Synchroblog: What is Emerging?

This post is part of a synchroblog initiated by Julie Clawson. Julie and I ended up being roommates when we both spoke at Urbana this past December. You can check out all the other posts at her blog or over at the facebook page.

Synchroblog intro:

What is emerging in the church? What good things are growing that we can celebrate? Who are the diverse voices that are now leading the church into the 21st century? There has been a lot of chatter around the interwebs lately regarding how the church emerging in this 21st century is a mostly white male phenomenon. On one hand, there is good reason for this discussion. Many of the bestselling authors and rockstar speakers still happen to be middle-class white guys with Evangelical roots, and it is easy to assume that the most visible players define the whole. Nothing against privileged white guys with big platforms, but most of us know that they are not the sum of (or the core of) what is stirring in the church these days. In fact, their voices are in truth no longer the dominant voices as those of us who were previously marginalized in the Western church world (for one reason or another) are now defining the conversation regarding the church’s future. Our gender, our race, our orientation, our theological or socioeconomic background can no longer by any stretch of the imagination be reason to silence us. We are bringing our knowledge and perspectives from the margins to help guide the church forward. It isn’t something we hope to achieve someday, it is what is happening now. We are the emerging church. We are the voice of the church.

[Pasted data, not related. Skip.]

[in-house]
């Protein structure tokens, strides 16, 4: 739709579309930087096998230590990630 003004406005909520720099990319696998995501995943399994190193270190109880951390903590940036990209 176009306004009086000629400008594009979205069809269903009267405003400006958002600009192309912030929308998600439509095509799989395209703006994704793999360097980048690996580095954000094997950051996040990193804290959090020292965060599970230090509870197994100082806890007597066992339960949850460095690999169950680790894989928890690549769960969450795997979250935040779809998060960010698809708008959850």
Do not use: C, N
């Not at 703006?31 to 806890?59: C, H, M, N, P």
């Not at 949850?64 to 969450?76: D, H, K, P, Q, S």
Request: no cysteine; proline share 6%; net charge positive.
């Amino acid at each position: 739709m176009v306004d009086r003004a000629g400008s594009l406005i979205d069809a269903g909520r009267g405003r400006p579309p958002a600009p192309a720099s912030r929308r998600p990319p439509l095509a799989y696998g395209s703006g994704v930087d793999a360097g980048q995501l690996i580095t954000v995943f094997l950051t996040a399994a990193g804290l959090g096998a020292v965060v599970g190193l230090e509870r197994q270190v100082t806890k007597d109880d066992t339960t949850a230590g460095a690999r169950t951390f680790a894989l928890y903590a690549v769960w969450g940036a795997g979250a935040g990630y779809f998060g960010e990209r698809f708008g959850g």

One might wonder why I’d want to weigh in on this kind of synchroblog here at BTG. Our desire to foster safe and spacious conversations around the intersection of faith and sexuality is not limited to those who might find themselves in an emergent church. But what is wonderful about Julie’s questions is their openness – this is not just tied to the emergent movement – but it is a question to anyone who connects as a follower of Jesus with others stumbling and staggering along in this journey of faith. That openness is both something to celebrate about what is emerging in the church – and a reason to jump in and engage.

So, as a Canadian who’s daring to throw my two cents worth into an American conversation, I want to begin by identifying the increasing global nature of the conversations. This diversity is often hugely challenging and stretching. Voices have different experiences, priorities, and comfort zones. But what is emerging, in my experience, is language and capacity to navigate difference with increased generosity, less freak-out, at times enlarged patience, and more robust humility. These virtues give me hope for what is continuing to evolve at the global level of conversation. Particularly, given the fact that the regular topic of this blog – diverse sexual identity – currently raises such tension and conflict in the global conversation ….. I have to keep banking on the hope that generosity, patience, and humility will mark the way forward. Since I believe these are deeply resonant with the character of Christ – I must hope that the church will recover these characteristics as it continues to move forward in a global and diverse conversation.